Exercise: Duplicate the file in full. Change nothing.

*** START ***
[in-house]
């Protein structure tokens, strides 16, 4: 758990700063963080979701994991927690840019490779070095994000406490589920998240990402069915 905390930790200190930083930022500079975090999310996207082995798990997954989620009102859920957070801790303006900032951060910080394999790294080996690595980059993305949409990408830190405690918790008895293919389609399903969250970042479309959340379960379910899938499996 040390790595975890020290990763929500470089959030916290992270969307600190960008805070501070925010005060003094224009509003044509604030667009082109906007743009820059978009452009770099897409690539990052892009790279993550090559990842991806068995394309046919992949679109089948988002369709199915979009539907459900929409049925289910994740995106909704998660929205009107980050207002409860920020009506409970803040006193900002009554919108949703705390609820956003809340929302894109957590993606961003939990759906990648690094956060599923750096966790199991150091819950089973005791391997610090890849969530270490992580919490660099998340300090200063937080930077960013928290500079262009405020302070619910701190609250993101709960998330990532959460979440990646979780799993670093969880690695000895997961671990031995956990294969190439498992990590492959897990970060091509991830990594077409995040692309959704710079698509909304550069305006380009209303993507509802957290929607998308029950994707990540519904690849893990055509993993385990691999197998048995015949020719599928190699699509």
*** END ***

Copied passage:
[in-house]
């Protein structure tokens, strides 16, 4: 758990700063963080979701994991927690840019490779070095994000406490589920998240990402069915 905390930790200190930083930022500079975090999310996207082995798990997954989620009102859920957070801790303006900032951060910080394999790294080996690595980059993305949409990408830190405690918790008895293919389609399903969250970042479309959340379960379910899938499996 040390790595975890020290990763929500470089959030916290992270969307600190960008805070501070925010005060003094224009509003044509604030667009082109906007743009820059978009452009770099897409690539990052892009790279993550090559990842991806068995394309046919992949679109089948988002369709199915979009539907459900929409049925289910994740995106909704998660929205009107980050207002409860920020009506409970803040006193900002009554919108949703705390609820956003809340929302894109957590993606961003939990759906990648690094956060599923750096966790199991150091819950089973005791391997610090890849969530270490992580919490660099998340300090200063937080930077960013928290500079262009405020302070619910701190609250993101709960998330990532959460979440990646979780799993670093969880690695000895997961671990031995956990294969190439498992990590492959897990970060091509991830990594077409995040692309959704710079698509909304550069305006380009209303993507509802957290929607998308029950994707990540519904690849893990055509993993385990691999197998048995015949020719599928190699699509």